By: Ankur Bordoloi, Srikant Nanoti & team,
CSIR-Indian Institute of Petroleum, Dehradun, IIT Roorkee and Bharat Petroleum
The search for an alternative to carbon-based fuel for automobiles has been going on for a long time and a large number of options are being researched. But the introduction of a new automobile fuel could take several years because of issues like redesigning of engines and re-establishment of distribution networks. So in the near future, we seem to have reconciled to the use of petroleum products, at least in India and in many other parts of the world.
We have now zeroed down on a compound called Dimethyl ether, or DME, which too has carbon. It can be blended with conventional fuel to improve its combustion properties or it can be used as an alternative fuel itself. DME is not naturally occurring and needs to be prepared from natural gas. India does not have enough natural gas and much of what we have lies in small pockets of reservoirs that are not economical to exploit. Setting up large infrastructure like pipelines to transport this gas to the refineries is not worth the investment because the deposits would may run dry with time. But if we are able to develop a method of converting the gas into DME at the source of the reservoir itself, it may become economically viable to transport and use it as a fuel.
This is our goal. We are trying to design “modular reactors” that can sit at the back of trucks and can travel right to the mouth of the reservoir. The gas extracted from the reservoir can be directly pumped into the reactor which will convert it into liquid DME after a three-step chemical process. Natural gas is converted into Syngas, which is a mixture of carbon monoxide and hydrogen. This is then converted into methanol, which is further converted to DME. Designing this entire system into one compact unit is the biggest challenge of our three-year-old project. We are also looking at other components, including the implementation of DME utilisation in vehicles and engines, which is being done at CSIR-IIP Dehradun. Our study showed that DME has the potential to be used as a partial substitute to conventional fuels in diesel and petrol engines. DME has superior combustion properties compared to diesel fuel, as it has advantages such as high cetane number and absence of carbon-carbon bond and, therefore, has potential to reduce pollutants in diesel engines.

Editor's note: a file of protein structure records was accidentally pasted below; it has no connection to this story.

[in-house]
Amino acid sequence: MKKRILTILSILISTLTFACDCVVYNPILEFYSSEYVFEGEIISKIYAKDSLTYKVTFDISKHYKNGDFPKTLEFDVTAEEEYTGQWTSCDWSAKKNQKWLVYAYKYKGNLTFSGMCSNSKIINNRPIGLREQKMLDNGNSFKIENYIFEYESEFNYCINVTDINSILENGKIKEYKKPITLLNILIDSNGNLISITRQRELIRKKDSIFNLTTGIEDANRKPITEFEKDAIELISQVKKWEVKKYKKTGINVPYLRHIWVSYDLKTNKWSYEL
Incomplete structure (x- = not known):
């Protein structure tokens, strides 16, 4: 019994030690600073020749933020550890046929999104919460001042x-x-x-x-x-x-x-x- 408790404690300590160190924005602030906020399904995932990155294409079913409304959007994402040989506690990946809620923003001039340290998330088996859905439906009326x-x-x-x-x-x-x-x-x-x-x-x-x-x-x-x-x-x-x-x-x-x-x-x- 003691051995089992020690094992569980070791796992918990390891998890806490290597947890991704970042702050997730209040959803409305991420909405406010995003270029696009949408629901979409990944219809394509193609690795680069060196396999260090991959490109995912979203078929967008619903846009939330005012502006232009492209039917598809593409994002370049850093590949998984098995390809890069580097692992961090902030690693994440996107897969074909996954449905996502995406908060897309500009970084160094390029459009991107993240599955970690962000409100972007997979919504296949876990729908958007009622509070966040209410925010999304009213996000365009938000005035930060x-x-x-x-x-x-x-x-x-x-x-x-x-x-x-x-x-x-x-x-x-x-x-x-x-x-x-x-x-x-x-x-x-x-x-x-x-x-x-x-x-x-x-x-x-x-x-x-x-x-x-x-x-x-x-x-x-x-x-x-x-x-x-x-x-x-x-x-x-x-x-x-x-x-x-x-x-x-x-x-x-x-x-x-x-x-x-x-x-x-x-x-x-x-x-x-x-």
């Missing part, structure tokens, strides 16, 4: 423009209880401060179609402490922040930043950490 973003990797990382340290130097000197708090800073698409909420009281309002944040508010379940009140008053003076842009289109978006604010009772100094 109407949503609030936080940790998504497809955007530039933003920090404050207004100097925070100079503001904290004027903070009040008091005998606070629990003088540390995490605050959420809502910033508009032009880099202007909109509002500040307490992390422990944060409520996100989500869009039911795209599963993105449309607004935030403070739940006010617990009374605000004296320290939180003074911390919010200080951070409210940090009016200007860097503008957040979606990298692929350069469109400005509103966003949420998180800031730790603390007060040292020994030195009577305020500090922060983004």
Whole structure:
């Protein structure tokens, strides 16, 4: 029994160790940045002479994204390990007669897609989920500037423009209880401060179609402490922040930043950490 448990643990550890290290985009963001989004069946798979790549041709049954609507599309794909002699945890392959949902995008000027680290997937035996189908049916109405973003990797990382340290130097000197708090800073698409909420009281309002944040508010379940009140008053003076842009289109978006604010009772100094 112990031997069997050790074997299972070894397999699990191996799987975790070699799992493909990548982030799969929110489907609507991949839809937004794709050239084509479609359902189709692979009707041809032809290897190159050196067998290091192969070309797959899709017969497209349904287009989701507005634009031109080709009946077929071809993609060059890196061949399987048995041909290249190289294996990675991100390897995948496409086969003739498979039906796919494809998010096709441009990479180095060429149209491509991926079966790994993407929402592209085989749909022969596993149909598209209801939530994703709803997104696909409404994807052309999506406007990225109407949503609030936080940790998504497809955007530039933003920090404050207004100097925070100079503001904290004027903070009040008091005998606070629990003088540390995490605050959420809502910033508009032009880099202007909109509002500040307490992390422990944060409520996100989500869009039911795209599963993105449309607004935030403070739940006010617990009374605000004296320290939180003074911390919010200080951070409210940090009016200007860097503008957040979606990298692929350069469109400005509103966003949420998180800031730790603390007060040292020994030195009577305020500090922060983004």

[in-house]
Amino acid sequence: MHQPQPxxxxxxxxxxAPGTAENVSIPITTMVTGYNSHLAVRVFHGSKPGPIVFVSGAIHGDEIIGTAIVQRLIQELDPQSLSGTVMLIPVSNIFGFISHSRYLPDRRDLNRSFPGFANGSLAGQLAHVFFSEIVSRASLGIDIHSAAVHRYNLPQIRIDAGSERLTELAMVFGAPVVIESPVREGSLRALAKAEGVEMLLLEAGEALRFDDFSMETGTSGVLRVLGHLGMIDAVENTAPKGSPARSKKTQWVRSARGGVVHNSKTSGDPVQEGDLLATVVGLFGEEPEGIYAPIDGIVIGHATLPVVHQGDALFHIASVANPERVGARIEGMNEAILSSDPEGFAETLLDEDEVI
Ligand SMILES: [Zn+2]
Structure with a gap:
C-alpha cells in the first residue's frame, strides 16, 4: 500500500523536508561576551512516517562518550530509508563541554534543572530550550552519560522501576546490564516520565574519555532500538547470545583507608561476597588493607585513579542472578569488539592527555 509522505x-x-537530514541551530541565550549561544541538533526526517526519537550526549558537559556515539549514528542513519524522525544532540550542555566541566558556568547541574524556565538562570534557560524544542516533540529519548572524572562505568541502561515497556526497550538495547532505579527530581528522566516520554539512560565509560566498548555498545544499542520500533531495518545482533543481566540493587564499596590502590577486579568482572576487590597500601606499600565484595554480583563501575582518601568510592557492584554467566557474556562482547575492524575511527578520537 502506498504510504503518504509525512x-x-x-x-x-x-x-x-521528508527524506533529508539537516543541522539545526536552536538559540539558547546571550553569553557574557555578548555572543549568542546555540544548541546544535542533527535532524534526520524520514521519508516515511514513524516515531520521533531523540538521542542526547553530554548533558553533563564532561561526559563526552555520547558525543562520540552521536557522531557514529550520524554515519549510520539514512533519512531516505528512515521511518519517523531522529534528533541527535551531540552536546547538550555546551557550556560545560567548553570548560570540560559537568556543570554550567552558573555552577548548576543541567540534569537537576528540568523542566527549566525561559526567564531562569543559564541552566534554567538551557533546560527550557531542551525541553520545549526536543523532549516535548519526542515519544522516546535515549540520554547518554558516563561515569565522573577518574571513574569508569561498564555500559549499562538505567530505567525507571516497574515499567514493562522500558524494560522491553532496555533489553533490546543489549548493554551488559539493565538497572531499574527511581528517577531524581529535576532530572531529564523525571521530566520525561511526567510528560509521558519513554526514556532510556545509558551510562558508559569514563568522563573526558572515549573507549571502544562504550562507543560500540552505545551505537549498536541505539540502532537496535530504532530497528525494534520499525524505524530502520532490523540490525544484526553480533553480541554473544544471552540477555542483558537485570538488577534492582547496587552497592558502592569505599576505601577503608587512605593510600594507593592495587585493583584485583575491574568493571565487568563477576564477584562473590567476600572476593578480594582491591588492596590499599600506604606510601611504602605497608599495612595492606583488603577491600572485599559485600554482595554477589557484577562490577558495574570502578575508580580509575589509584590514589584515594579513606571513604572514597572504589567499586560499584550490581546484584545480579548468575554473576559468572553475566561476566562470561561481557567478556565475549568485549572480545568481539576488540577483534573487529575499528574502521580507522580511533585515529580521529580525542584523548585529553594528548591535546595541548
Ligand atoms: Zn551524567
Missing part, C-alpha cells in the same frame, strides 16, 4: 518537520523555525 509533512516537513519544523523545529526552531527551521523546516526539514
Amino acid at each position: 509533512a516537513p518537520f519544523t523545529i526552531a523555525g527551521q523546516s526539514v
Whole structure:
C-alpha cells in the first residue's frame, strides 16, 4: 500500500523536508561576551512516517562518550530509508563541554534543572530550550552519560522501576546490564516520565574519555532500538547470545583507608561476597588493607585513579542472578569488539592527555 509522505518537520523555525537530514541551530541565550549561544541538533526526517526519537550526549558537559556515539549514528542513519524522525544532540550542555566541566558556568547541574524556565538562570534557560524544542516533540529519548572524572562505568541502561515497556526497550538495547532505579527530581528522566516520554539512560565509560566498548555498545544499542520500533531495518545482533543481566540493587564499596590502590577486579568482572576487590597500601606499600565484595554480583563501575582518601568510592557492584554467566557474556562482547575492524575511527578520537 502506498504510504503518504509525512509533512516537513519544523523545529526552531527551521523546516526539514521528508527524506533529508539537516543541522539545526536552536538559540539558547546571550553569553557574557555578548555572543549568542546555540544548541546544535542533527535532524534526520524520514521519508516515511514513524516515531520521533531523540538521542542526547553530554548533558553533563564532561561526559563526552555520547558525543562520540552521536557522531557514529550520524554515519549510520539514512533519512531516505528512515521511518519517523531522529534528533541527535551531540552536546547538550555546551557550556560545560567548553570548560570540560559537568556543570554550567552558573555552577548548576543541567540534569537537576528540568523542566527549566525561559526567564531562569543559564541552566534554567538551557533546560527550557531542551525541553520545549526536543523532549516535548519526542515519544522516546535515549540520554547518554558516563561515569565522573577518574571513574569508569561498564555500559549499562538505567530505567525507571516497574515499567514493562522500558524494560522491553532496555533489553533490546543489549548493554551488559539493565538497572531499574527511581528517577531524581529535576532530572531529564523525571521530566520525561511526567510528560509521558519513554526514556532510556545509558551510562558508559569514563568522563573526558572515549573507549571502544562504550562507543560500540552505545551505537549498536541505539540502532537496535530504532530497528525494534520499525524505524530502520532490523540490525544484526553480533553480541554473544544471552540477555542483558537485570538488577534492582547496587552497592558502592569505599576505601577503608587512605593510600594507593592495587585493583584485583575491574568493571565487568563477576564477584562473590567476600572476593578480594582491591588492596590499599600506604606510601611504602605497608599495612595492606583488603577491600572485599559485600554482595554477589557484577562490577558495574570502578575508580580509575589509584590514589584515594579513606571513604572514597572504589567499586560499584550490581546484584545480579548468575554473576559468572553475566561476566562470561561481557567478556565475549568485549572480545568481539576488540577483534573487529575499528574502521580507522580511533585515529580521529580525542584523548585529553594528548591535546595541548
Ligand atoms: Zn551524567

We are collaborating very closely with three Australian institutions (CSIRO, UoM & RMIT) on this project and they are helping us with the fabrication of the modular reactors and many other crucial tasks. Besides, producing DME in this manner will reduce our dependence on import of natural gas by utilising our own deposits that otherwise would have remained unutilised.
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